て-form (parallel actions & contrast) | JLPT N5 Grammar

て-form (parallel actions & contrast) | JLPT N5 Grammar

A little while back, we had our first N5 lesson on the て-form.

In that lesson, aside from looking at how to conjugate verbs into the て-form, we also looked at how the て-form can be used to connect a sequence of actions. Like this:

コンビニへ行って、飲み物を買った。
コンビニ へ いって、 のみもの を かった。
I went to the convenience store and bought a drink.
Literally: "convenience store + へ + go (and) + drink + を + bought.

The action "went to the convenience store" necessarily occurred before the action "bought a drink." Thus, we can say that the て-form is combining a sequence of actions.


Then, in our last N4 lesson, we looked at how the て-form can be used to connect descriptive words (often adjectives), like this:

私の犬はかしこくて、フレンドリーです。
わたし の いぬ は かしこくて、 フレンドリー です。
My dog is smart and friendly.
Literally: "I + の + dog + は + clever (and), + friendly + です."

The speaker wants to use two descriptive words to describe his dog, "smart" and "friendly." He can use both in the sentence thanks to て-form's ability to connect descriptive words.


In this lesson, we'll be looking at a usage of the て-form that is similar (all the usages are kind of similar), but just oh-so-slightly different: Using the て-form to describe actions in parallel and contrasting actions.

Here's an example of what I mean by parallel actions:

家に帰ったら手を洗って、うがいをします。
いえ に かえったら て を あらって、 うがい を します。
When I get home, I wash my hands and gargle water.
Literally: "house + に + if/when returned home + hand + を + wash (and), + gargling + を + do."

The speaker is not necessarily gargling water after washing her hands. Rather, she's just saying that she does these two actions whenever she gets home.

On a side note, a Japanese teacher I know recently told me that she started doing this a few years ago, and she claims to get sick less often as a result. Gargling water is a big thing in Japan. It seems that everyone is expected to partake in gargling for the sake of health and hygiene. According to a study by by the Kyoto University School of Public Health in Kyoto, Japan, gargling water does in fact prevent colds.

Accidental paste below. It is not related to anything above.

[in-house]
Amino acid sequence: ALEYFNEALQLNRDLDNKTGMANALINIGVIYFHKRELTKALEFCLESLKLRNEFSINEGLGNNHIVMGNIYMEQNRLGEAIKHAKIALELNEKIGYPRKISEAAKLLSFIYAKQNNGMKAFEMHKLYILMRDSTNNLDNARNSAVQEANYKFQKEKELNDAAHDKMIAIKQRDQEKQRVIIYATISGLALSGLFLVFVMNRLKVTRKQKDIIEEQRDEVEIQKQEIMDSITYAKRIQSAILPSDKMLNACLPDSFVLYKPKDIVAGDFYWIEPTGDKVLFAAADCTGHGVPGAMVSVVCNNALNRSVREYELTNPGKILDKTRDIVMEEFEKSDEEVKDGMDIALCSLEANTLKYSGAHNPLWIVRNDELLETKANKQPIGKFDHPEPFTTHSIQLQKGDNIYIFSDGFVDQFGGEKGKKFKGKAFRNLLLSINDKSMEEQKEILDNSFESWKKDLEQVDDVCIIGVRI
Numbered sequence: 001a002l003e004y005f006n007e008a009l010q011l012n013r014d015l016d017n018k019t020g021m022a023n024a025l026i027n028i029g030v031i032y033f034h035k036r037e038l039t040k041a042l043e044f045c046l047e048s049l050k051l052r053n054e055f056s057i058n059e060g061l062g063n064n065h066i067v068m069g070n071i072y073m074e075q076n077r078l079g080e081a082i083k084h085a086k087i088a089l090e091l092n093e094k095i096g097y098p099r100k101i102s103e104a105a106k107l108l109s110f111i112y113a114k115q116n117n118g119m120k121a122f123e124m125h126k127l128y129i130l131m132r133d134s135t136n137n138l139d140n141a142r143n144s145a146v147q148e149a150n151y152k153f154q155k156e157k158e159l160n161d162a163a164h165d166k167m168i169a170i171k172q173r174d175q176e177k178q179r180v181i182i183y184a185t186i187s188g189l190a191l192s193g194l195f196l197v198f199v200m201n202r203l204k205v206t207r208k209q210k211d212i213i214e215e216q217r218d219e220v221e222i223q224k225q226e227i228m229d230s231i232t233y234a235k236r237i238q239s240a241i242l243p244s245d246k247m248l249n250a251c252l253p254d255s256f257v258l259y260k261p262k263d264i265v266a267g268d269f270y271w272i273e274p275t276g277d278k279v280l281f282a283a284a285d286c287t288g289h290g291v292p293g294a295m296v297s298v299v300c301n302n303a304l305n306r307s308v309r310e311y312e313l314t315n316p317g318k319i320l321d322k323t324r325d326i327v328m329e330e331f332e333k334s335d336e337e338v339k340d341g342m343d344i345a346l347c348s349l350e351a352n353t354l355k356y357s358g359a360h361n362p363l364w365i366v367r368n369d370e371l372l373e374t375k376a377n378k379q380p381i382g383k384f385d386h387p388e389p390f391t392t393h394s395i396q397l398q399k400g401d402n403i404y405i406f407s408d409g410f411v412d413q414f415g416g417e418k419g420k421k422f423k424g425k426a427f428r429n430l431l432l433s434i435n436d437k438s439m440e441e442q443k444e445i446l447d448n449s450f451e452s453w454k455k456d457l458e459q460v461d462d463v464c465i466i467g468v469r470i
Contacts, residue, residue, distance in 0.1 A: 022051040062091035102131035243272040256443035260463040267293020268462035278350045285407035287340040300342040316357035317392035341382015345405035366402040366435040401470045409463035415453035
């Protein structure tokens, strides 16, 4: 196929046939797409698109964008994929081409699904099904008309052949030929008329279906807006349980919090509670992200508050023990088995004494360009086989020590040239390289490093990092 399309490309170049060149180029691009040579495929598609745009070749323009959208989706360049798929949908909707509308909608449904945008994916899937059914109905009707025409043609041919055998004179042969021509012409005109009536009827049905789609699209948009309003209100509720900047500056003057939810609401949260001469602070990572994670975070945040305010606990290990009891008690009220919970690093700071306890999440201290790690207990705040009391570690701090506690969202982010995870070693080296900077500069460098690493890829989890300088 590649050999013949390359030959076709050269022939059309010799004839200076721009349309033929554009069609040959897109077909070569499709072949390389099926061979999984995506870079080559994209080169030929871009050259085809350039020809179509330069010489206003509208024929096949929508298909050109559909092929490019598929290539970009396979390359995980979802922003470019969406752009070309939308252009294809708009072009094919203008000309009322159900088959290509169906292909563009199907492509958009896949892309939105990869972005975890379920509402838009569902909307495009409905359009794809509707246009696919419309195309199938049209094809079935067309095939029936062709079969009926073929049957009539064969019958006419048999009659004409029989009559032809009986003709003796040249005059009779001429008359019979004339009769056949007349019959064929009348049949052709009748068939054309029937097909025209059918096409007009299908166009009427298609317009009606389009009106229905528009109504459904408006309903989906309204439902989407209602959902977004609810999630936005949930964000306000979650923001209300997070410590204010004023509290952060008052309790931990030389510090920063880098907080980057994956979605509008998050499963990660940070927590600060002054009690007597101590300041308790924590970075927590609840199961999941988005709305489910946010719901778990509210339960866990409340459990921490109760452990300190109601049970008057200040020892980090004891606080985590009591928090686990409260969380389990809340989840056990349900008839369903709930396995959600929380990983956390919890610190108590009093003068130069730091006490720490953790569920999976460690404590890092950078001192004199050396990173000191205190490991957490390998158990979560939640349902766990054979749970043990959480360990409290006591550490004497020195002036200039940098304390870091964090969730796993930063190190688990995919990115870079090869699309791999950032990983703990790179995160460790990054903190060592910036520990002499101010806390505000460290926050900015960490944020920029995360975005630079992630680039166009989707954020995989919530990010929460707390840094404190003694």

Anyways, yeah. Parallel action.

While this usage of the て-form can be used for actions that occur at relatively the same time, it can also be used for actions that complement one another:

毎日5時に起きて、9時ごろ寝ます。
まいにち ごじ に おきて、 くじ ごろ ねます。
Every day I get up at 5, and I go to bed around 9.
Literally: "every day + five o'clock + に + get/wake up (and), + nine o'clock + (at) approximately + sleep."

This sentence is not describing a sequence of actions. Rather, it's just describing two actions that fall into the same category, more or less.


We can also use the て-form to describe two actions that contrast with one another:

昨日お母さんが財布を失くして、今日お父さんが眼鏡を失くしました。
きのう おかあさん が さいふ を なくして、 きょう おとうさん が めがね を なくしました。
Yesterday my mom lost her wallet, and today my father lost his glasses.
Literally: "yesterday + mother + が + wallet + を + lost (and), + today + father + が + glasses + を + lost."

Using て-form to express contrast seems (to me) to be common when expressing weak contrast. For example, if you want to say something like "On the one hand, A, while on the other hand, B," then you would need a different bit of grammar (several types of which we'll see in other lessons).

Here's another example of what I mean by "weak contrast:"

わたしは昼はネイルサロンで働いて、夜は居酒屋でアルバイトしています。
わたし は ひる は ネイルサロン で はたらいて、 よる は いざかや で アルバイト しています。
I work at a nail salon during the day, and I'm working at an izakaya at night.
Literally: "I + は + daytime + は + nail salon + で + work (and), + night + は + izakaya + で + (side) job + am doing."
Note: You'll often see/hear アルバイト being translated as "part-time job," but this translation is frequently incorrect. See this lesson to learn why. Also, if you don't know what an izakaya is, then check out this lesson.


Long story short: The -form can be used to connect all kinds of sentences, actions, etc.

I don't think you need to worry too much (or at all, really) about which usage of the て-form is appearing in a sentence. I just learned the different usages naturally without focusing on individual usages. But JLPT tests do seem to divide the different types of て-form usages into separate levels.

While we've now seen every usage of the て-form that will show up on the N5 test, there are still a couple of usages we'll need to cover in preparation for JLPT N4. Something to look forward to, you grammar nerd.

Or is that just me?




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